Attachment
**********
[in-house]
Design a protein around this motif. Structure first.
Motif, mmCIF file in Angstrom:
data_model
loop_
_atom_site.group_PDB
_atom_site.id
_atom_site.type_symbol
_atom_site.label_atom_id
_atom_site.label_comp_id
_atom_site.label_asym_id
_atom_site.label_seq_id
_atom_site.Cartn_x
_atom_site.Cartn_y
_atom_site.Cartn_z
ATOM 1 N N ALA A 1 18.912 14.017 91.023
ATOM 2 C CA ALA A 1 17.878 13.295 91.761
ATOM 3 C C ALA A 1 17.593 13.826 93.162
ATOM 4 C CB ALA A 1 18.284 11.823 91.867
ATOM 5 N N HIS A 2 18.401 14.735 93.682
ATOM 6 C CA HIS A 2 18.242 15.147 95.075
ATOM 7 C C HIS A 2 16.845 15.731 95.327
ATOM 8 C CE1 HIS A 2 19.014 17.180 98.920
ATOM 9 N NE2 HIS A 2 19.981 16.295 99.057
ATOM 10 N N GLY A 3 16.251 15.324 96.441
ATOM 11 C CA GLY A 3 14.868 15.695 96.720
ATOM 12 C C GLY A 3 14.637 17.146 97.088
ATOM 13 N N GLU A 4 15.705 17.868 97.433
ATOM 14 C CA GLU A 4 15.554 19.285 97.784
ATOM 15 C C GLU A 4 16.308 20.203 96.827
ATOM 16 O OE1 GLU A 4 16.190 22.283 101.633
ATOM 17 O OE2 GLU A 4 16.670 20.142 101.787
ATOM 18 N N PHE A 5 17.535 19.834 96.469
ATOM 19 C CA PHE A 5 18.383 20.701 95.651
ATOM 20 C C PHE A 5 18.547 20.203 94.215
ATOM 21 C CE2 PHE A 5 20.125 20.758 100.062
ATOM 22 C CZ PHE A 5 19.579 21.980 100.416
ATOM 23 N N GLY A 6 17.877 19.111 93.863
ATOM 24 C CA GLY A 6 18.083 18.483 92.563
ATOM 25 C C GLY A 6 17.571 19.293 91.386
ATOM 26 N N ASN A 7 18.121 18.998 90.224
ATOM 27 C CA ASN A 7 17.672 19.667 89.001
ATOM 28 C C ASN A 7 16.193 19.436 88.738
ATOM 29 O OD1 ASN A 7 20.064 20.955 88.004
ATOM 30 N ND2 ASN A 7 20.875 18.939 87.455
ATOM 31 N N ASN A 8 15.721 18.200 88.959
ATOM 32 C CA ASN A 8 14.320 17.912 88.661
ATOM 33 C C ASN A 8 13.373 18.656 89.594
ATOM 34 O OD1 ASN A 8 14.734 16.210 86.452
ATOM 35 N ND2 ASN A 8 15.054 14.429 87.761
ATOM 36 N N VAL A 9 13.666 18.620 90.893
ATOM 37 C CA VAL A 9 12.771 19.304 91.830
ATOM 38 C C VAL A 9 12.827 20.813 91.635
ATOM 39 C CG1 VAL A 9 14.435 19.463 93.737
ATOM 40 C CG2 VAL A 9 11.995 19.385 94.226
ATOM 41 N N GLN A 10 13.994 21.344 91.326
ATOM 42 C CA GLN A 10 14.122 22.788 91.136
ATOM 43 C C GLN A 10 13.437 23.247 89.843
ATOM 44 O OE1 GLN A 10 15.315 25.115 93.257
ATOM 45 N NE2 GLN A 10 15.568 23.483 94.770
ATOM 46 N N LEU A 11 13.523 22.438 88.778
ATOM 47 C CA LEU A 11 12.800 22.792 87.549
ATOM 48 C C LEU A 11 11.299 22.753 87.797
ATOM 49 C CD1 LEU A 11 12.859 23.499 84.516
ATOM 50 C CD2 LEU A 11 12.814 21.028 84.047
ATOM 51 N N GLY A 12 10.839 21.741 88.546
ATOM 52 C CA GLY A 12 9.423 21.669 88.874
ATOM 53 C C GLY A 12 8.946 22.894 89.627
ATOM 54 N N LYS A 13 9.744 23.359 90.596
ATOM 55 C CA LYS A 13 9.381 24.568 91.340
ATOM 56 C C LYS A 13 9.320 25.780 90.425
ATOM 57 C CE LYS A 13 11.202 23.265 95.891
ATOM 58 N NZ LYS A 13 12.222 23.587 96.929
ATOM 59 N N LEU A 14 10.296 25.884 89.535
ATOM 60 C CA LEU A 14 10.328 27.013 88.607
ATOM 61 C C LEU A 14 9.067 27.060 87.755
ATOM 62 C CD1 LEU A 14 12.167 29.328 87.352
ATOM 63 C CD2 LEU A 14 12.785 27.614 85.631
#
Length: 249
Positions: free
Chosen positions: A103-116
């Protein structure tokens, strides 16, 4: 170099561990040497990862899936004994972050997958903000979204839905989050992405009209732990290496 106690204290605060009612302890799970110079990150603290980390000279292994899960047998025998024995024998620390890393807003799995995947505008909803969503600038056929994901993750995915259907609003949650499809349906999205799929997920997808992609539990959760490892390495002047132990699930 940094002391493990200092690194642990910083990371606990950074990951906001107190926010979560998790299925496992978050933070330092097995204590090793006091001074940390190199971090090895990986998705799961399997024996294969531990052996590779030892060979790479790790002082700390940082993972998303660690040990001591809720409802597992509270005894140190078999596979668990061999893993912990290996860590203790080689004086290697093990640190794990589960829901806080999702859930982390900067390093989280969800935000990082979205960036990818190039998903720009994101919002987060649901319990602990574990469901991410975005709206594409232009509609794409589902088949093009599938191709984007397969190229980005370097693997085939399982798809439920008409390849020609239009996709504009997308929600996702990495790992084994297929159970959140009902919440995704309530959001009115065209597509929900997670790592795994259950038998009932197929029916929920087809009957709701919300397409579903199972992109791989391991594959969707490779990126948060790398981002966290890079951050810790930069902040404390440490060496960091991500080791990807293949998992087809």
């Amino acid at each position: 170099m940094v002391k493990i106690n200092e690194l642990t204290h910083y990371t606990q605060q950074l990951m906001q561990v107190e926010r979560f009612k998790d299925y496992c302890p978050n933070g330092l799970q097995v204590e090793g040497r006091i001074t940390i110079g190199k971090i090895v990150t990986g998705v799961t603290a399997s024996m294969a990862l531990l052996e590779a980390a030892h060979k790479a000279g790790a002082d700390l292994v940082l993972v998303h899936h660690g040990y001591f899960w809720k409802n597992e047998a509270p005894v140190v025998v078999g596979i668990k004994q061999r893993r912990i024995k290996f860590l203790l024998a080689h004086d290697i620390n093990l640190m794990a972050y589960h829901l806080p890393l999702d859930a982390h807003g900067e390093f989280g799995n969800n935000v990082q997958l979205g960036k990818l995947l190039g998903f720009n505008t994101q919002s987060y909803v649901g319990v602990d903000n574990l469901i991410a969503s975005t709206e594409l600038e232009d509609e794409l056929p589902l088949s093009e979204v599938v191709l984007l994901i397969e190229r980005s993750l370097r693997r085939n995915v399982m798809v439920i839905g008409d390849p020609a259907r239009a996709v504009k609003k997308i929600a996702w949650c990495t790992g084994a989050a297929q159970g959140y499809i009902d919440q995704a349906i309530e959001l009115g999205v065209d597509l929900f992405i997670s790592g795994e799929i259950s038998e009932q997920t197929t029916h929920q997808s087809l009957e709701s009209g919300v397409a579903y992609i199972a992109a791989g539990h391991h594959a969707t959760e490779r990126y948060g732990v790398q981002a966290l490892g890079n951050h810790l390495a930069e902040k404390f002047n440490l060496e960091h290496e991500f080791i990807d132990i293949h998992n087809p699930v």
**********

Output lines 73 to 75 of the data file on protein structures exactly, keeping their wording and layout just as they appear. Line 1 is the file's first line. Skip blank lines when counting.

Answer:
ATOM 58 N NZ LYS A 13 12.222 23.587 96.929
ATOM 59 N N LEU A 14 10.296 25.884 89.535
ATOM 60 C CA LEU A 14 10.328 27.013 88.607